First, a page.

The story behind the card #27 VE3HC by John Heys G3BDQ

The Canadian city of Guelph, Ontario some 50 miles west of Toronto is located in the most industrial part of Canada.   It got its name from the Hanoverian Royal family who became the King Georges of England through most to the 18th Century.

Fred Hammond was a prosperous manufacturer of loudspeakers and held the call VE3HC  for many years. He is best remembered for his lavish radio station and his museum of antique radio apparatus which was housed in a purpose built building and was (is?) open to the public.   He gained his licence before WW2 and I have a QSL card from him to a Surrey amateur that is dated April 1939.   This card showed his shack at that time which was a large room housing four 6ft tall racks full of transmitting equipment.  After the war Fred had a small bungalow specially built adjacent to his home which he called  “The transmitter building”.

The card illustrated shows a part of this building’s interior and on its reverse it lists all the details of his equipment.   No QRP man, he had four separate transmitters, each crystal controlled and tuned to operate on a specific frequency within a waveband,  The frequencies chosen were 50.9 mHz, 28488 kHz, 14197 kHz , and 3850 kHz.  The three higher frequency rigs each had an output stage with push-pull 304 tubes.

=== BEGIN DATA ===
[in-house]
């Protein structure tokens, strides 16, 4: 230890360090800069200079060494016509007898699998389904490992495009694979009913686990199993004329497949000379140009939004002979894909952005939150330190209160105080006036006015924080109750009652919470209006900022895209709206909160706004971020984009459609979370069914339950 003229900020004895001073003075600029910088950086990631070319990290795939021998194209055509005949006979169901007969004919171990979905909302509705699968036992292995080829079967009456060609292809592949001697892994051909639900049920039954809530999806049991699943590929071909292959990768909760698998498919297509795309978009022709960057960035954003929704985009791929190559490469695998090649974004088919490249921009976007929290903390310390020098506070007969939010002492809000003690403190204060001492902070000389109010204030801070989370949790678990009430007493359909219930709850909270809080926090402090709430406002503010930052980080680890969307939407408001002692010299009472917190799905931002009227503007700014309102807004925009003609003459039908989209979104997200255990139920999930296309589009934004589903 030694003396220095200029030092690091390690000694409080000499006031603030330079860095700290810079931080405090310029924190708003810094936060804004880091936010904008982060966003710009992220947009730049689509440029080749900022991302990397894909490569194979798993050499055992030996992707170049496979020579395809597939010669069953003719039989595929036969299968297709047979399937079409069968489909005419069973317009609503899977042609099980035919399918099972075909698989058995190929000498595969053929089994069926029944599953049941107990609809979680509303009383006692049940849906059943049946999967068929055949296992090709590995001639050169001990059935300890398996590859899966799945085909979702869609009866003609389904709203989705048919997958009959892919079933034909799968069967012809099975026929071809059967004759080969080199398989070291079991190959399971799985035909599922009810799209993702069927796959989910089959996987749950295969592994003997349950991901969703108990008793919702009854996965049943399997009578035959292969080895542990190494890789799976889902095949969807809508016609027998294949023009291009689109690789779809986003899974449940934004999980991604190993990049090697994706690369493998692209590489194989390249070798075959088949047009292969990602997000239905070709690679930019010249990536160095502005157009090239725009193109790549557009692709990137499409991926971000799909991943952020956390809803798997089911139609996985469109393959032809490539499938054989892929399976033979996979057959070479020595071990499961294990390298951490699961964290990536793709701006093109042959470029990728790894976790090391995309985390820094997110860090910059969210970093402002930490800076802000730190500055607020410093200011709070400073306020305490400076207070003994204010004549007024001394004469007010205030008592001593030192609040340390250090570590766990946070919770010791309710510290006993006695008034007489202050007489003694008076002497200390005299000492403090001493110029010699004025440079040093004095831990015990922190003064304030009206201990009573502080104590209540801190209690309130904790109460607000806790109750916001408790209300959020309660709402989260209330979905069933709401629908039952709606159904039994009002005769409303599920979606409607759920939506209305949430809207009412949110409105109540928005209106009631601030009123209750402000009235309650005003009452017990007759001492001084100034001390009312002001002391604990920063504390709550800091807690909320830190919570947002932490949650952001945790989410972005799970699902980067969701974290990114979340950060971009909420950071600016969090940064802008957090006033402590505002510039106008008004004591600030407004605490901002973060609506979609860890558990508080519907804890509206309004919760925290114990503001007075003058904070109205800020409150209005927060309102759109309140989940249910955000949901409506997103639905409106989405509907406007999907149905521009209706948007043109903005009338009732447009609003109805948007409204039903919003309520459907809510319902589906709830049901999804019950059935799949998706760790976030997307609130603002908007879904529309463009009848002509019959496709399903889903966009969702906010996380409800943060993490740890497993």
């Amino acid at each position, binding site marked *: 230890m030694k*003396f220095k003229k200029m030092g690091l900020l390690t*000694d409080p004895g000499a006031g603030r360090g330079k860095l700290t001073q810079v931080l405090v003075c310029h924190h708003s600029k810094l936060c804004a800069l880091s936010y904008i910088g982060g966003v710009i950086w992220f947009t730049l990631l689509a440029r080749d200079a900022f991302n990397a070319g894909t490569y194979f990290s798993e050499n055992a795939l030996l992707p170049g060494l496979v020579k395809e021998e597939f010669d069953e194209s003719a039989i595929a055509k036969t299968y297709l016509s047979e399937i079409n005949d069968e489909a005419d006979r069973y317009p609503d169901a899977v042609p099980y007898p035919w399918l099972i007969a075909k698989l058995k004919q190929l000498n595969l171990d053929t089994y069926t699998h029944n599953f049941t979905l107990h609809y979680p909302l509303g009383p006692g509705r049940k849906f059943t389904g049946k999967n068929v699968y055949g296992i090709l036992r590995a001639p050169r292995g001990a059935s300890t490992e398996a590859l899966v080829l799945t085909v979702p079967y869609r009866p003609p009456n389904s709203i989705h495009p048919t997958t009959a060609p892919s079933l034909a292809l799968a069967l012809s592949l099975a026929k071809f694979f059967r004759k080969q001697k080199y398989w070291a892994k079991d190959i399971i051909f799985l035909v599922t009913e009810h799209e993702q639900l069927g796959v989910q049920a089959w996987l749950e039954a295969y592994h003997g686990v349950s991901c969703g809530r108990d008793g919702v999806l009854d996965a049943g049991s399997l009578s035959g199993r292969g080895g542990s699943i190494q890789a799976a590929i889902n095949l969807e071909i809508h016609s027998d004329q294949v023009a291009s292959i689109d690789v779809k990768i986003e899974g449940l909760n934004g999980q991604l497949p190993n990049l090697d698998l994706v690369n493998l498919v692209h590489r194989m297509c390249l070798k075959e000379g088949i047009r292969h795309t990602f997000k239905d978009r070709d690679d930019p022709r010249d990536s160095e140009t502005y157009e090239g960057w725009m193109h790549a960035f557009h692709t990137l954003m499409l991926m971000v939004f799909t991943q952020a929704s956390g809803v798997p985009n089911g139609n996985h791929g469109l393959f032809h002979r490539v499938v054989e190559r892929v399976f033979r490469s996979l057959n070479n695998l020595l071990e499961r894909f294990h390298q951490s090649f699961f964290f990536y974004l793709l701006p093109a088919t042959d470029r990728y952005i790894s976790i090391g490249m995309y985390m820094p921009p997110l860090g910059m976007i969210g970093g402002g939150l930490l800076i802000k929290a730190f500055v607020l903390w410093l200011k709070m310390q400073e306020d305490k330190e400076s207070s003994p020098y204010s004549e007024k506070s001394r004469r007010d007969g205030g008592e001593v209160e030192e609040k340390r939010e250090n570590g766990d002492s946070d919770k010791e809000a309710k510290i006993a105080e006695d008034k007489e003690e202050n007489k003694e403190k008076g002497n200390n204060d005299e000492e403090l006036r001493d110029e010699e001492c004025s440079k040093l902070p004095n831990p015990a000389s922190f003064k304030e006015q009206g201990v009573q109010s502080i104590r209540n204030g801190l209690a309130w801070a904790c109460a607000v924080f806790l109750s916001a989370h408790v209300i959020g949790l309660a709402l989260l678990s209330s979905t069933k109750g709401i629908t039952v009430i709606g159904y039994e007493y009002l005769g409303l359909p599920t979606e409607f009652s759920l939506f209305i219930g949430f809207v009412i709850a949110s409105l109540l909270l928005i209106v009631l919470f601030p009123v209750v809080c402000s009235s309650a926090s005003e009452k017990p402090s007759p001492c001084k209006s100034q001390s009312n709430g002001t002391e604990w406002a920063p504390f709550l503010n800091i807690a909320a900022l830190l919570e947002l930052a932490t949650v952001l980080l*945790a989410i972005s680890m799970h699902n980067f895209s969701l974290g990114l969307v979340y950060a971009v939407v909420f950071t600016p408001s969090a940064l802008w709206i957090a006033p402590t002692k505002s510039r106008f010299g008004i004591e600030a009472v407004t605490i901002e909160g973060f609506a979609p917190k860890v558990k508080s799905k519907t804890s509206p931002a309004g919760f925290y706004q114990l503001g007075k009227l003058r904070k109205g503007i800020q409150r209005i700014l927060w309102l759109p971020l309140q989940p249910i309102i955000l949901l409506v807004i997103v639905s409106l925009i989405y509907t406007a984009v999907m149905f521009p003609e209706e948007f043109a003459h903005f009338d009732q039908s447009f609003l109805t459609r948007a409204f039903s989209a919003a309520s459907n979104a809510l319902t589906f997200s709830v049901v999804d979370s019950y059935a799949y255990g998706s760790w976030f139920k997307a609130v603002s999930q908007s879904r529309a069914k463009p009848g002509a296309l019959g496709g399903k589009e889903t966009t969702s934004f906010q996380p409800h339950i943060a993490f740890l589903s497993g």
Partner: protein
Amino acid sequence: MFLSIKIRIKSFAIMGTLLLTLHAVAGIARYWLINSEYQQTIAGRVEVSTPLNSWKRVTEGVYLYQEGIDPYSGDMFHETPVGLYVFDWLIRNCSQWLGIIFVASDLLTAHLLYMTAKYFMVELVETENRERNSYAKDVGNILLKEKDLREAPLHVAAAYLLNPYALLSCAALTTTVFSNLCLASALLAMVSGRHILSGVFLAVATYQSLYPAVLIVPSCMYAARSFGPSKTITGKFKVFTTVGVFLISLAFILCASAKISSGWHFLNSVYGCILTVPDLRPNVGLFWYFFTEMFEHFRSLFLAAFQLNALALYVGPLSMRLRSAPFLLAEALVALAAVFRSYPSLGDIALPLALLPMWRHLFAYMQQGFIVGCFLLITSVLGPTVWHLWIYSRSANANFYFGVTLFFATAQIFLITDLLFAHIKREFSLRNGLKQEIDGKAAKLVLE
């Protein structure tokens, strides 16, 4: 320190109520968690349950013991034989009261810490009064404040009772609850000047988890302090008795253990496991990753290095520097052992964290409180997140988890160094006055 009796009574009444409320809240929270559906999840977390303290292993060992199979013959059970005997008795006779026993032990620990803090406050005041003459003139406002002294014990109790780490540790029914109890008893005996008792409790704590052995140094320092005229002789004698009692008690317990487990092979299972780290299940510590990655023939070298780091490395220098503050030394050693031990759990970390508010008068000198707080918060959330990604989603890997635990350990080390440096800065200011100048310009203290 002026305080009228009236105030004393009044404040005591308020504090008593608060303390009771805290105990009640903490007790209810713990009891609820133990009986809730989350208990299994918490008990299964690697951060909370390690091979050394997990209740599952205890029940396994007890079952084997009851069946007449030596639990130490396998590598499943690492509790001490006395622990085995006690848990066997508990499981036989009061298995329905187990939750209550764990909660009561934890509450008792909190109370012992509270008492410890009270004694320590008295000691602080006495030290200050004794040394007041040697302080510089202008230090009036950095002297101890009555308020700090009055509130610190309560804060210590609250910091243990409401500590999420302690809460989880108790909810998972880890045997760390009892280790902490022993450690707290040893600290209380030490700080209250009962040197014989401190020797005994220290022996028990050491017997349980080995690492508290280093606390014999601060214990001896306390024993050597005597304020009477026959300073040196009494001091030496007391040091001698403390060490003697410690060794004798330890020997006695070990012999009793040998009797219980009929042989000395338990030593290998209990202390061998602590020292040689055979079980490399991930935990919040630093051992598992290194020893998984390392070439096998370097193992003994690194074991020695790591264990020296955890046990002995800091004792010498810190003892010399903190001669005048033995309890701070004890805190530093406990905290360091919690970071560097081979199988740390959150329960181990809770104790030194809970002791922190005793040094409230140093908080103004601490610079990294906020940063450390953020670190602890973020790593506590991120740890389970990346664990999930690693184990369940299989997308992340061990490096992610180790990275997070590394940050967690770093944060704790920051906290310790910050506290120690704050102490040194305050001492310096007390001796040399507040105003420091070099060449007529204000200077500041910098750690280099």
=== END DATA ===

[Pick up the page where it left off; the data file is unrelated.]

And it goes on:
The 304 is rated for an anode voltage of between 2500 and 3000 volts and when used as a push-pull pair can deliver an output of 1600 watts.  The 80 metre TX used a pair of 806 tubes in push-pull.   Each transmitter had its own modulator (for AM) with push-pull 810s in class B, with each pair delivering 725 watts of audio.

For reception Fred used a Hallicrafter SX28A and a Hammerlund Super-Pro together with various pre-selectors and VHF converters.   He employed three monoband rotatable beams for the higher bands and a three wire system at 60ft for80 metres.   The 6 metre beam had 8 elements and was at 50ft,    The 10m 5 element beam was up at 55ft and his 4 element for 20 metres was at a mere 42 feet.

The pictured card confirmed a QSO with the one time well known Cambridge amateur G5JO and is dated August 1947.   By contrast, in that month and year G3BDQ used an ex-RAF 1155 receiver and a 25 watt TX using a 6L6 valve, and could only dream of the super stations of the super rich.

g3bdq-signature ve3hc

By John Heys G3BDQ – January 2006.

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